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The Sultan Ahmet Mosque, built between 1609 and 1616. The influence of the older Aya Sofya's architecture is very easy to see from the outside.
The Sultan Ahmed Mosque, built between 1609 and 1616. The influence of the older Aya Sofya’s architecture is very evident from the outside.

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Inside the Sultan Ahmet Mosque. It's also known as the Blue Mosque, due to the bold blue tile visible here and in the next image
Inside the Sultan Ahmed Mosque. It’s also known as the Blue Mosque due to the bold blue tile visible here and in the next image.

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A view of the central dome at the Sultan Ahmet Mosque. For a virtual tour of the interior and exterior, visit this link.
A view of the central dome at the Sultan Ahmed Mosque. For a virtual tour of the interior and exterior, visit this link. (There’s also another one here.)

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A group portrait taken near Galata Bridge.
A group portrait taken near Galata Bridge. For a little about the lives of people who live and work near the bridge, check out the interactive non-linear documentary Planet Galata by Florian Thalhofer (more information here).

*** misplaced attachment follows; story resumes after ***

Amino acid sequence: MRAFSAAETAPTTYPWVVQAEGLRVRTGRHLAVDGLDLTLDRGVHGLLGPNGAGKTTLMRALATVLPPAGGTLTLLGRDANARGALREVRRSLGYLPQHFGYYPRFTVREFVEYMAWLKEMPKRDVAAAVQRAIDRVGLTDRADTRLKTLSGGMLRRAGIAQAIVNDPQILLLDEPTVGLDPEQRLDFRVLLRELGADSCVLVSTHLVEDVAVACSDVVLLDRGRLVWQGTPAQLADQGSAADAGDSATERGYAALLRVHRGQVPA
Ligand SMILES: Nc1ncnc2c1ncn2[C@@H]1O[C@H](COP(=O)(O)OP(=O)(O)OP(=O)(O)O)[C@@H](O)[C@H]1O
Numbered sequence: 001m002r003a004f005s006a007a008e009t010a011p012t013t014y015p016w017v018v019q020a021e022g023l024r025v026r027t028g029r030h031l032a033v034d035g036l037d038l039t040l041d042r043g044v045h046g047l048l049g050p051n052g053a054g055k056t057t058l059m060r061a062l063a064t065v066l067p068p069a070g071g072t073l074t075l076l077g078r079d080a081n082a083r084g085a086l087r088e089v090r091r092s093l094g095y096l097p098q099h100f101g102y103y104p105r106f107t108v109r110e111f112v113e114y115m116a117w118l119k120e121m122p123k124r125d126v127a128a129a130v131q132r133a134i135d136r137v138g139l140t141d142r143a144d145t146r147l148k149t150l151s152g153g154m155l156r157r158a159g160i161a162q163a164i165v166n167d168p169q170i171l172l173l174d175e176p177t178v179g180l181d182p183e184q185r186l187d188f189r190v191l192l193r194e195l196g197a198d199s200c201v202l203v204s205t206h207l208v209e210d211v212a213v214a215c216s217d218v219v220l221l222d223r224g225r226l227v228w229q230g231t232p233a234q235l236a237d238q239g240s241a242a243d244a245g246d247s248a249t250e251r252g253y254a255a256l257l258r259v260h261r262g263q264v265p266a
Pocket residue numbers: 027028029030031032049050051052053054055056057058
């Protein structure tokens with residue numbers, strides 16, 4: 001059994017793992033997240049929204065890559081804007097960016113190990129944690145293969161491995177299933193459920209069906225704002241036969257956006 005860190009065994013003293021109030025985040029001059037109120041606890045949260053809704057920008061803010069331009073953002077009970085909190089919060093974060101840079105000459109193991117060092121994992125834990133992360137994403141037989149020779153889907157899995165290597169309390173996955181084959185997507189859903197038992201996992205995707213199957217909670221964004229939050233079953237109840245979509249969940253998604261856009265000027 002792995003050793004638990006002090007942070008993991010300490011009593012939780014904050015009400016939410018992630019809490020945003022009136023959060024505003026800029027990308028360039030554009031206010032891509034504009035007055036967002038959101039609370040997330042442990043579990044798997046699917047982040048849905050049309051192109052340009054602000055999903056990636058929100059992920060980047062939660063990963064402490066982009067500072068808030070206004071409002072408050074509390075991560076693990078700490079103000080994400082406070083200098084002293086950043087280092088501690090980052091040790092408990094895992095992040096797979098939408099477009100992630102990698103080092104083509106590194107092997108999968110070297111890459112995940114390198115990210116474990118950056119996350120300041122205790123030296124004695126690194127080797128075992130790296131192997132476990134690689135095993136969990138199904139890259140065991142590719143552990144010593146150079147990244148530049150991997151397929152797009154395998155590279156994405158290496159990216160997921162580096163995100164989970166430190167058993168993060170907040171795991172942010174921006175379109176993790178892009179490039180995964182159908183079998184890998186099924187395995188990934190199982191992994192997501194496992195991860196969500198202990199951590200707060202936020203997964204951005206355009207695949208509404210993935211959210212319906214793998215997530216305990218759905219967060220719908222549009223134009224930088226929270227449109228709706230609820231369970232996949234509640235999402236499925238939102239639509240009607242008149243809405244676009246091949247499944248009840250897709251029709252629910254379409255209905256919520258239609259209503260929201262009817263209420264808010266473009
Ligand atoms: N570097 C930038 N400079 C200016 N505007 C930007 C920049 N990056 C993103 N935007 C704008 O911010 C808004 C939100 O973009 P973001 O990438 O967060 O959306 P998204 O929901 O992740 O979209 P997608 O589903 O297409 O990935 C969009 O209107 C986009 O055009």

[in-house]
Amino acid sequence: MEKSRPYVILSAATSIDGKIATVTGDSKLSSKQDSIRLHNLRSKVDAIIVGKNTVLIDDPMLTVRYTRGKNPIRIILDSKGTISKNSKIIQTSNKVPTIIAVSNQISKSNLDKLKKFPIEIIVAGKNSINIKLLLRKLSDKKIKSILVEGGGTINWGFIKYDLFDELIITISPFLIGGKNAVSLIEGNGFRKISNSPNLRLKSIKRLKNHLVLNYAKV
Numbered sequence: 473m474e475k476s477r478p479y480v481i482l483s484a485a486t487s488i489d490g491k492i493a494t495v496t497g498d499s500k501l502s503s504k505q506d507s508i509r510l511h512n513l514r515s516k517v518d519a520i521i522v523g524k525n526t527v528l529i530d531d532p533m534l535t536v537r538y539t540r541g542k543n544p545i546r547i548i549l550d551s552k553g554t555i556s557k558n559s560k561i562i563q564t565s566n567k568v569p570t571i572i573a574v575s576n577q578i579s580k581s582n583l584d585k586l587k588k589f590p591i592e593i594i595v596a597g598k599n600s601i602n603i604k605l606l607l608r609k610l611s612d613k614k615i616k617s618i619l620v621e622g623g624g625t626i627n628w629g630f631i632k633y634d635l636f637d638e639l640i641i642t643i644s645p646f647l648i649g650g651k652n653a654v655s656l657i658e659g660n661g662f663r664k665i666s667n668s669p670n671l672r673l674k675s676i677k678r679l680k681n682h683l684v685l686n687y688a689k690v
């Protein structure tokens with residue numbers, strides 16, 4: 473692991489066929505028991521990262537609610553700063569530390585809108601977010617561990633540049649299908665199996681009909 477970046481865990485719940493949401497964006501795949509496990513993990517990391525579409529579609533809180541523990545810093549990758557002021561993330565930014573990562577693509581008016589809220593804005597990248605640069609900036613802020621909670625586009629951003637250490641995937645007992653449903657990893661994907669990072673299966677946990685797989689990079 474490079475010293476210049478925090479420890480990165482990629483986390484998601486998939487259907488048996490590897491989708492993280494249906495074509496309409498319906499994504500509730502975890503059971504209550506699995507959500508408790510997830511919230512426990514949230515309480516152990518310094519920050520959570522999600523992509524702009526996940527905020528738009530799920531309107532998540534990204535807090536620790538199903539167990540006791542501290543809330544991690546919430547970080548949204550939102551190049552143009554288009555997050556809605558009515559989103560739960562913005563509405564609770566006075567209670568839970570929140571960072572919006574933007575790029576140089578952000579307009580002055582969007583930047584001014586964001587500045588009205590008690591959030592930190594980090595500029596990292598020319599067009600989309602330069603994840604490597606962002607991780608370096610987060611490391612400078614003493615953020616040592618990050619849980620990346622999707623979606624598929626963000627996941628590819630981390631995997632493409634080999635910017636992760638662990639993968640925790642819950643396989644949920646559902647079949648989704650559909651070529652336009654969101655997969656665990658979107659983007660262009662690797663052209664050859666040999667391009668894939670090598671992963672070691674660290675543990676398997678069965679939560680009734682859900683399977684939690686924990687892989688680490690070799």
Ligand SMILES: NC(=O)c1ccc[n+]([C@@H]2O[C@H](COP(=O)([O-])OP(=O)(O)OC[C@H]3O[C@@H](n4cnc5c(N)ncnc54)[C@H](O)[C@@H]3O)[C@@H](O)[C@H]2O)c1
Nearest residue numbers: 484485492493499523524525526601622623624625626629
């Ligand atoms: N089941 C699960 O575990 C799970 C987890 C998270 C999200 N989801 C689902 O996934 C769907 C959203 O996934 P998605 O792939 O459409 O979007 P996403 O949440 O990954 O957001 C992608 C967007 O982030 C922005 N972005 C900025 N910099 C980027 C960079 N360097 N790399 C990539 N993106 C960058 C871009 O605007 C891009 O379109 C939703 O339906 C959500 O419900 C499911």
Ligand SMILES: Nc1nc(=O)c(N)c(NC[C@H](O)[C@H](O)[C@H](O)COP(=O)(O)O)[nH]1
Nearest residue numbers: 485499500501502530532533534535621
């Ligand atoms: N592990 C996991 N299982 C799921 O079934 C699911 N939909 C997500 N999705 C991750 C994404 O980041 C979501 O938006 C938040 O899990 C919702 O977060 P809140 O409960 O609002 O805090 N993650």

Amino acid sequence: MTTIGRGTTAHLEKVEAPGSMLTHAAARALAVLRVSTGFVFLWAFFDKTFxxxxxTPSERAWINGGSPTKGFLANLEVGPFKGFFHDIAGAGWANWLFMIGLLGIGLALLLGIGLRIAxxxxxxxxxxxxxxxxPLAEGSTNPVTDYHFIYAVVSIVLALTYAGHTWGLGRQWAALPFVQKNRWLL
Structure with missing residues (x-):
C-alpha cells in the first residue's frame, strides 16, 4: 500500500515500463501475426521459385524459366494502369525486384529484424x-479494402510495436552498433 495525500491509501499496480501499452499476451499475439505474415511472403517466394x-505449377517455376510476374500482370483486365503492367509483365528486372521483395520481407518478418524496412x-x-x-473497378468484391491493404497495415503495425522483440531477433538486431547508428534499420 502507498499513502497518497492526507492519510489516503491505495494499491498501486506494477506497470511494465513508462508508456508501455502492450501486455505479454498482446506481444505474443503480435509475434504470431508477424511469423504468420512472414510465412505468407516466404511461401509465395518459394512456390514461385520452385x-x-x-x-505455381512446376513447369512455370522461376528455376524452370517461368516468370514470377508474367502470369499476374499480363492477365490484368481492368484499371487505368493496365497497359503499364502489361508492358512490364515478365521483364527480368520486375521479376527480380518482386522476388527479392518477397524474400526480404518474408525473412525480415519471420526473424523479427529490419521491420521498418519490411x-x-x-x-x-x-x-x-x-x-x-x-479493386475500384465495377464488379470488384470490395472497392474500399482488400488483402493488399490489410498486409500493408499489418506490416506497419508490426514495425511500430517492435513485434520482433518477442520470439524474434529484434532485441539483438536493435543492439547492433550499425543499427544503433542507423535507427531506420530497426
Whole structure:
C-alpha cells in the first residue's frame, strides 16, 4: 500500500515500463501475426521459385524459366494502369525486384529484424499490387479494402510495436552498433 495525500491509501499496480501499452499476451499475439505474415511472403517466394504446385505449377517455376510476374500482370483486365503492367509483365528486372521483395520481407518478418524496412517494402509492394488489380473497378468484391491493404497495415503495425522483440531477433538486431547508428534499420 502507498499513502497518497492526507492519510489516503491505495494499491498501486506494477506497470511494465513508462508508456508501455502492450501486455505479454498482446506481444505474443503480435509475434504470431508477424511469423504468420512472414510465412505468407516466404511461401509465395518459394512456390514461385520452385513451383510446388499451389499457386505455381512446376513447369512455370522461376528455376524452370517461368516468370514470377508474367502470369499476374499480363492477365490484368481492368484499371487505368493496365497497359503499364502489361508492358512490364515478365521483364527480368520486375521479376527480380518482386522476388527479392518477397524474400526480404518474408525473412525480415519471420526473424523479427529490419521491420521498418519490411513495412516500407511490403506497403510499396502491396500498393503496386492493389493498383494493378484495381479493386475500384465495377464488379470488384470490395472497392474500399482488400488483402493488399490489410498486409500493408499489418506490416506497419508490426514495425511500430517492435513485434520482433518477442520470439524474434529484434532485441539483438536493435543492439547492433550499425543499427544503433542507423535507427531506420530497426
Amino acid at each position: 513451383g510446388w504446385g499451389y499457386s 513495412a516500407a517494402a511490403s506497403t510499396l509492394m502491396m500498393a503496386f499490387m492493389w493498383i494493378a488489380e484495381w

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Near the Istanbul Spice Market (a.k.a the Egyptian Spice Bazaar).
Near the Istanbul spice market (a.k.a the Egyptian Spice Bazaar).

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A vendor's display inside the Spice Market.
A vendor’s display of dried fruits and confections inside the Istanbul spice market.

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The group visits the Rüstem Pasha Mosque, built by Ottoman imperial architect Mimar Sinan between 1561 and 1563. (That's VCS student Justine Wong in the green coat.)
The group visits the Rüstem Pasha Mosque, built by prolific and influential Ottoman imperial architect Mimar Sinan between 1561 and 1563. (That’s VCS student Justine Wong in the green coat.)